One time, however, one of the other committee members, a kind woman who usually moonlighted as Trudy’s chauffeur, had to attend another meeting or something and asked me if I would be on “Trudy duty” for the night. I said yes, not knowing what I had gotten myself into.

The meeting ended, and everyone jetted. I told Trudy to wait out front and that I’d be back to pick her up. With a quickly-whispered “thank you” from my friend (the chauffeur, not Trudy) I headed out and returned a few minutes later with my car. She gets in the passenger door, and we sit there.

And we sit.

And I ask her, “So, where am I dropping you off?”

Trudy goes, “Can you take me home?”

Me: “No, that’s a little too far for me to go tonight [note – she gave me her address, and it would have been quite a long trip out of my way and it was already getting], so where can I take you to catch a cab.”

Trudy: “I don’t know.”

Okay, Trudy. You’re about three times my age, and you’ve lived in this city all your life. You come downtown regularly, and you never drive, since you don’t do that. You either get rides or take taxis. In fact, you are usually in this neighborhood when you come downtown, so you should know how to get from point A to point B, or at least direct people how to get there. And here I am, being gracious of my time and energy, to take you at least part of the way home.

And you don’t even know where to get a taxi?

I ask her, “Where do you usually get a taxi?”

Trudy: “Um, there’s a taxi stand somewhere around here…”

Me: “Do you know what street it’s on?”

Trudy: “No.”

This is getting ridiculous. Finally, Trudy contributes something, even if it is sort of a command.

Trudy: “Just drop me off down by the Inner Harbor, by one of the big hotels, and I’ll get a taxi there.”

Me: “Which one? How do I get there?”

Trudy: “I don’t know. Whichever.”

Helpful, Trudy.

Anyway, I drive her over to the Harbor, navigating the way myself, and just as I get to a hotel, she goes “Oh, no, not this one! That one over there!” So I do that, and she gets out of the car without so much as a thank you or an offer to repay me for gas money, for something that she should have honestly planned beforehand, with either a relative or a friend, instead of constantly relying on the kindness of others to delay their lives and wait on you hand and foot. Just because you have gray hair does not mean you get to use people and be treated like a queen while bringing nothing to the table.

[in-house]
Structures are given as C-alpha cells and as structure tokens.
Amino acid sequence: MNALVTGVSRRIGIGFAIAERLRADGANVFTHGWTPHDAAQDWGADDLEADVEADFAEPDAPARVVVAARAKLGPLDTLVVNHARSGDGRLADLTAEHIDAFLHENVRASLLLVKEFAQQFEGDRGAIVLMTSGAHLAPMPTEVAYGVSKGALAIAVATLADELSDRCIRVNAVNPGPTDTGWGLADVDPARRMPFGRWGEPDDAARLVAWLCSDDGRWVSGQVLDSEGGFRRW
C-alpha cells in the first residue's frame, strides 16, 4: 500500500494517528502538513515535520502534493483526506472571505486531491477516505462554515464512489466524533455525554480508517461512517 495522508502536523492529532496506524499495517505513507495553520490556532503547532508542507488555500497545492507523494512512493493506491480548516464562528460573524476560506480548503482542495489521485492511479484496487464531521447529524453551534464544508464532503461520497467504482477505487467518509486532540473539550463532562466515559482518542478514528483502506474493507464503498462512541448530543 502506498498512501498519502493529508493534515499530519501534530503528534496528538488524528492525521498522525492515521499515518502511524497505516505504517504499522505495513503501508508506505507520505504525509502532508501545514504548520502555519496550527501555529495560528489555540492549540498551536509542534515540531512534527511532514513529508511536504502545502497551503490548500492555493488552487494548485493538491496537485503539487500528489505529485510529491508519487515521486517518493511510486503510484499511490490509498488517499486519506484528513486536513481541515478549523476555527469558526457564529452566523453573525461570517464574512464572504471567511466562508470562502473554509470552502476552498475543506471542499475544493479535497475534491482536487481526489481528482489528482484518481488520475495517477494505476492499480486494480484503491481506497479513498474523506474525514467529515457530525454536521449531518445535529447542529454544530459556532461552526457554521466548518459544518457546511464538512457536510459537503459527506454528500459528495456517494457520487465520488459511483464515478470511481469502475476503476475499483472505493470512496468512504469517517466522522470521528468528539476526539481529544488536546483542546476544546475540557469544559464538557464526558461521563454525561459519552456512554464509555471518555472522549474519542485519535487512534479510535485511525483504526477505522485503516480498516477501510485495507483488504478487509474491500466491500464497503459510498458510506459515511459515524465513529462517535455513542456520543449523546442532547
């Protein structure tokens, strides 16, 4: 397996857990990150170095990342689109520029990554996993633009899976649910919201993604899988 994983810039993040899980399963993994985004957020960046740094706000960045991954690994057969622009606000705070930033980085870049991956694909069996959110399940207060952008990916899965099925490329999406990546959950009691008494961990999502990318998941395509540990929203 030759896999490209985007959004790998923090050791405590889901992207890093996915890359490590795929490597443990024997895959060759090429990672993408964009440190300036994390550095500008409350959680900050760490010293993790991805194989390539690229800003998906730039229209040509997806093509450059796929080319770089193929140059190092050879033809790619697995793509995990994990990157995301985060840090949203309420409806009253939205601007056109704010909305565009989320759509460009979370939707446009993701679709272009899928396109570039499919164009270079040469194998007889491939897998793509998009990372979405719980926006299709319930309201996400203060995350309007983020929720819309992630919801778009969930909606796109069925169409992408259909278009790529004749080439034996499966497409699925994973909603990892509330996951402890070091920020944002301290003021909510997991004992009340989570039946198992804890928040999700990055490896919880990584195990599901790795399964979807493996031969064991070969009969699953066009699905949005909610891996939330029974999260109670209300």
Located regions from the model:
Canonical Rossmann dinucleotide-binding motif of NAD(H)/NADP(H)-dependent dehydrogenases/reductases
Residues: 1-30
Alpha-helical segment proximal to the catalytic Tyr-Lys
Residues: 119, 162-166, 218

Readers, don’t be a Trudy. Say no to DDS and do shit. Have some forethought, be appreciative of others’ time and energy, and for goodness sakes, offer to help them while they do it for you.

Anyone who is reading this who is familiar with the Festival or the Baltimore theatre scene in general probably knows who I’m talking about. I’m not embarrassed, though, about being so frank with this story. Given Trudy’s stance on technology, I doubt she’ll ever read this.


Things I Like and Don’t Like About Cleaning

Much like Carol Channing’s famous monologue from Free to Be… You & Me, I hate housework.


Well, most of the time.

So of course, instead of spending last night and today on my homework, I spent the majority of the day cleaning my apartment.

Things I Like About Cleaning

  1. I like doing laundry. Like…I really like it. The smell of dryer sheets and clean clothes. The joy of watching stains disappear. The fact that I can fold clothes and watch TV/listen to music/talk on the phone/read at the same time. Feeling like a champion with a freshly organized closet and/or drawer.
  2. I like the pristine look of things the second that they are clean. Of course, then you have to stand, sit, spill, stain, and shove stuff on it, but for a second, it’s like a catalog.
  3. I like giving (and having) the illusion that my apartment is that clean, 100% of the time.
  4. A clutterless counter or table top is perfect for all kinds of ACTIVITIES.

Things I Don’t Like About Cleaning

  1. Dishes. Everything about them.
  2. Folding fitted sheets. We send a man to outer space and make a phone that’s thinner than a slice of bread but no one has figured out a foolproof way to fold a fitted sheet.
  3. Looking for things that were easily found in the mess, and having to wreck your whole apartment to find them ten feet away from where they were when your apartment was a mess.
  4. Resisting the urge to redecorate. Every time.